Table of Motherboard Budgets

These prices are a rough estimate based on US prices, and may change based on country. Price may also change subject to availability.

How Much Should You Expect To Spend For A Z790 Board?

While Z790 motherboards cater to a fairly wide range of budgets, being the highest-end chipset naturally creates a price-based barrier to entry. Boards start from $200 or so, and range right through to the MSI Z790 GODLIKE design which costs a sweet $1200!

Gigabyte Z790 AORUS Elite AX Whole Motherboard

Features To Keep An Eye Out For

Once you’ve taken a look at chipsets and assigned yourself a budget, you’ll want to take a look at the kind of features on offer. Intel 12th-Gen opened up loads of new options for consumers to sink their teeth into including PCI-E 5.0, Thunderbolt 4, and support for DDR5 memory. The Z790 chipset has access to the most amount of PCI-E lanes, USB ports and more, making it the best chipset for users wanting the most amount of features. We’ve broken down a list of the best features and specs to look out for when choosing your motherboard.

1. VRMs & Overclocking

The new 13th-Gen CPUs come with incredible clock speeds out of the box, giving you the keys you need to build a very powerful gaming or workstation PC. If you’re looking to overclock you’ll need to double check the amount of VRM power phases on the board, along with cooling. If the board you’ve picked up has plenty of power phases but weaker cooling, you may thermal throttle your CPU or at the worst cause some damage.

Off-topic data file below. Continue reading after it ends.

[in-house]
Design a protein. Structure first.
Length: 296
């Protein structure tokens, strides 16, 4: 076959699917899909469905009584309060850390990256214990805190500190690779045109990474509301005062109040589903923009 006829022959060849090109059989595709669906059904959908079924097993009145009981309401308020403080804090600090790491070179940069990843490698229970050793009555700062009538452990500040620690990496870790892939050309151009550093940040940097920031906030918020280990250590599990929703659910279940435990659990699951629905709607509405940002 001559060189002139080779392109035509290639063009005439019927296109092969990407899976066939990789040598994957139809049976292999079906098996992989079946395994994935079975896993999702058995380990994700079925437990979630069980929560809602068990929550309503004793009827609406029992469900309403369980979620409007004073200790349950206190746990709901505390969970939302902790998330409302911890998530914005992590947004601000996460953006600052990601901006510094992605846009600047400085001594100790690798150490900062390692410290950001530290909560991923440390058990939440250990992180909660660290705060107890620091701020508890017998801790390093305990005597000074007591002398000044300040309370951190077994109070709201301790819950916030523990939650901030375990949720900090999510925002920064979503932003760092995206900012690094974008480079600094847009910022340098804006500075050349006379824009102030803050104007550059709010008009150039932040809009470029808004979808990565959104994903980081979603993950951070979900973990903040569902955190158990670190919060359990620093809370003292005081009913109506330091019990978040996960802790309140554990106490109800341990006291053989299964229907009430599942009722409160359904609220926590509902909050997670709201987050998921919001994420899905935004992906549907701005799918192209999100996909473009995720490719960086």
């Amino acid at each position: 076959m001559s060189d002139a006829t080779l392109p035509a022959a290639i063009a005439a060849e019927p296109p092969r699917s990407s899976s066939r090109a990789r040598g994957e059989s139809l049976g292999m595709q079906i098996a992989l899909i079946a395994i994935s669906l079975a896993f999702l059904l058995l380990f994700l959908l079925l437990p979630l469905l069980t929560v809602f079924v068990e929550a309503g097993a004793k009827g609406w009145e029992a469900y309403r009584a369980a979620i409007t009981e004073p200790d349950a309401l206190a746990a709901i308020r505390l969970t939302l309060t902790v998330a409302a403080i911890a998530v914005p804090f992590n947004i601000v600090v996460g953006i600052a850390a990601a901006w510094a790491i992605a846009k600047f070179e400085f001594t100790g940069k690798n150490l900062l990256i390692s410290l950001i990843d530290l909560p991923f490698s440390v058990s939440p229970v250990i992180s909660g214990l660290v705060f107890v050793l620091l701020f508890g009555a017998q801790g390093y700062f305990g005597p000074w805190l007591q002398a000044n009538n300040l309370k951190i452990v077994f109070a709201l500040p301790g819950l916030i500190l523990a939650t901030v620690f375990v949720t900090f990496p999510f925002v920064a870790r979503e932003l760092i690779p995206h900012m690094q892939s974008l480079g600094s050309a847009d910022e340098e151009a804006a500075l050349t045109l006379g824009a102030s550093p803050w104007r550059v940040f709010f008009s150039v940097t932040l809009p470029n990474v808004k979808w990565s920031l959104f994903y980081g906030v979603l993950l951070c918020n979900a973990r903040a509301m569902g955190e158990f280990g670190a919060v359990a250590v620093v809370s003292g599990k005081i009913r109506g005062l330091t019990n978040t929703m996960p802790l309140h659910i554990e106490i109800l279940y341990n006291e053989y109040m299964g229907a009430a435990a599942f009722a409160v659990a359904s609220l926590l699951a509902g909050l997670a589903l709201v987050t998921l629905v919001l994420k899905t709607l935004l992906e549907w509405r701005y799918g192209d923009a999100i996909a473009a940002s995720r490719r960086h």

Gigabyte Z790 AORUS Master VRMs

With VRMs, more power phases does usually equate to better, but take this with a pinch of salt. High VRM power phases means that you’ll have more power that can be supplied to your CPU to sustain an overclock. However, if these power phases aren’t entirely optimised, you may suffer stability issues. We’d recommend checking out more in-depth guides to see if your chosen motherboard can deal with a high overclock.

2. DDR4 vs DDR5 Support

One of the major benefits of picking Intel’s current LGA1700 platform is that you have the choice between DDR4 and DDR5 memory. DDR4 memory still holds up very well when it comes to performance, and you can save a fair amount of money by picking up DDR4 DIMMs.

ASUS Z790 Hero DDR5 DIMMs

Having the option to choose DDR5 memory is consumer friendly, and as the memory tech matures we’ll start to see significant returns in performance metrics. For the time being DDR5 is still very expensive and doesn’t bring a significant enough upgrade to warrant the price. But for those future proofing their PC, supporting this generation of memory will prove to be useful in the years to come.

3. Front and Rear IO

Motherboards on the Z790 chipset can host as many USB ports that the architecture can handle. This means if you’re the kind of person that needs extra ports for peripherals and accessories, then you’ll likely be picking up a Z790 board. Unfortunately, you will be constrained based on how much you’re willing to spend, but for the most part, even some of the cheaper boards have a relatively bountiful set of rear IO.

ASUS TUF Gaming Z790 Rear IO

The front IO offers a similar situation with many of the new boards supporting USB 3.2 Gen2x2 in the Type-C format, with extra headers for USB 3.2 Gen1 or Gen2. Again, the amount of IO you have will be determined by how much you’re willing to spend and the manufacturers choices, but generally there’s plenty on offer in this area.

4. WiFi and Ethernet